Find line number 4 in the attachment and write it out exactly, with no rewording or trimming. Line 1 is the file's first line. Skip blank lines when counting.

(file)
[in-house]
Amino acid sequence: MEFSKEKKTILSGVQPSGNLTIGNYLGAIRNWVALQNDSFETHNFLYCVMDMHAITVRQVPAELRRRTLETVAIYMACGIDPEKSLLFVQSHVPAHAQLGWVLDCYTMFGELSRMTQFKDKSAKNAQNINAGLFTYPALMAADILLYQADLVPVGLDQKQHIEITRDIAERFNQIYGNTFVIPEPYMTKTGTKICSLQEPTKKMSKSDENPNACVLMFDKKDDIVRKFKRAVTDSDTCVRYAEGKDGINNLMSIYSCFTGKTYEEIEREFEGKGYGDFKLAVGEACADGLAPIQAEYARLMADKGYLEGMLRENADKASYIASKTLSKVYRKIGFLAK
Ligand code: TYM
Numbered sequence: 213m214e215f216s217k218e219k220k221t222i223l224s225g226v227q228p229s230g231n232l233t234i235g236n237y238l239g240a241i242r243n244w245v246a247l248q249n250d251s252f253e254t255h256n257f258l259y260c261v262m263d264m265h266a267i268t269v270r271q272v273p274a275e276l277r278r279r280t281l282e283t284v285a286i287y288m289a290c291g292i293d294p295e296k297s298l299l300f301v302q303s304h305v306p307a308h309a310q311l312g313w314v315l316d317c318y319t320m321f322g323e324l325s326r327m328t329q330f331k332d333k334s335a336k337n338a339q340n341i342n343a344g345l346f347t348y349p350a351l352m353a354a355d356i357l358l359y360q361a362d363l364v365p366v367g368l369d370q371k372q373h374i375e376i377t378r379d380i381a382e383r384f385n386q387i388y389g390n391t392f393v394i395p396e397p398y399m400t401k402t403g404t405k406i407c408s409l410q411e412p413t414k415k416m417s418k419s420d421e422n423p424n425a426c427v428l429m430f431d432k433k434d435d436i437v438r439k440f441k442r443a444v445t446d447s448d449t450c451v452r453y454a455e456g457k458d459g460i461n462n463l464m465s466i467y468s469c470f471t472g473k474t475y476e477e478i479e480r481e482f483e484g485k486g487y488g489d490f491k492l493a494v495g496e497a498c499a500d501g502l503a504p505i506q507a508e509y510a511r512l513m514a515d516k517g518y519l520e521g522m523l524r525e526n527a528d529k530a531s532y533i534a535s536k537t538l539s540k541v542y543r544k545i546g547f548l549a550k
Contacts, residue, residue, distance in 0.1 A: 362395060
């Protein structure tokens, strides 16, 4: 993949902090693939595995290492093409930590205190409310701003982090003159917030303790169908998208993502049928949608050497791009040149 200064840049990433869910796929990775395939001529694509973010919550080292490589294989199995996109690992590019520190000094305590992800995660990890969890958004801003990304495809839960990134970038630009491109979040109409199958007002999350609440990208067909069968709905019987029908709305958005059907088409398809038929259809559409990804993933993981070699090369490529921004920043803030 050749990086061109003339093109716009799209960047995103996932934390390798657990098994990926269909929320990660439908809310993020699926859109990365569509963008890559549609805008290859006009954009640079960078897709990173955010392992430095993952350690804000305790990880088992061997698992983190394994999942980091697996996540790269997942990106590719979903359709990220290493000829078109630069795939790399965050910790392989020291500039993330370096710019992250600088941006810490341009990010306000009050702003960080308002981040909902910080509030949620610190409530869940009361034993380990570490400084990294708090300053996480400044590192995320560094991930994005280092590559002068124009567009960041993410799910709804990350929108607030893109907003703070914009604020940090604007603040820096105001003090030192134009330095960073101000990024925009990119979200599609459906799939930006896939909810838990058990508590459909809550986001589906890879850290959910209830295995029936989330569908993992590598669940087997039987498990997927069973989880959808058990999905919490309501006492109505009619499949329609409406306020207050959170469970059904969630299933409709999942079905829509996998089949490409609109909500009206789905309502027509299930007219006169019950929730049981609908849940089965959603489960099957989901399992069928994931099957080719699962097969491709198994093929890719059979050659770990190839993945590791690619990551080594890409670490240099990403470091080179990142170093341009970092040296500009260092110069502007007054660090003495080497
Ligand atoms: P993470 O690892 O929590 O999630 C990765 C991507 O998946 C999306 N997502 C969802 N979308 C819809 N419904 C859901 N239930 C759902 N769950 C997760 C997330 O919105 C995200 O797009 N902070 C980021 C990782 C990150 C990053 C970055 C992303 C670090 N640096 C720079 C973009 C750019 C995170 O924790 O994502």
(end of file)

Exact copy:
Numbered sequence: 213m214e215f216s217k218e219k220k221t222i223l224s225g226v227q228p229s230g231n232l233t234i235g236n237y238l239g240a241i242r243n244w245v246a247l248q249n250d251s252f253e254t255h256n257f258l259y260c261v262m263d264m265h266a267i268t269v270r271q272v273p274a275e276l277r278r279r280t281l282e283t284v285a286i287y288m289a290c291g292i293d294p295e296k297s298l299l300f301v302q303s304h305v306p307a308h309a310q311l312g313w314v315l316d317c318y319t320m321f322g323e324l325s326r327m328t329q330f331k332d333k334s335a336k337n338a339q340n341i342n343a344g345l346f347t348y349p350a351l352m353a354a355d356i357l358l359y360q361a362d363l364v365p366v367g368l369d370q371k372q373h374i375e376i377t378r379d380i381a382e383r384f385n386q387i388y389g390n391t392f393v394i395p396e397p398y399m400t401k402t403g404t405k406i407c408s409l410q411e412p413t414k415k416m417s418k419s420d421e422n423p424n425a426c427v428l429m430f431d432k433k434d435d436i437v438r439k440f441k442r443a444v445t446d447s448d449t450c451v452r453y454a455e456g457k458d459g460i461n462n463l464m465s466i467y468s469c470f471t472g473k474t475y476e477e478i479e480r481e482f483e484g485k486g487y488g489d490f491k492l493a494v495g496e497a498c499a500d501g502l503a504p505i506q507a508e509y510a511r512l513m514a515d516k517g518y519l520e521g522m523l524r525e526n527a528d529k530a531s532y533i534a535s536k537t538l539s540k541v542y543r544k545i546g547f548l549a550k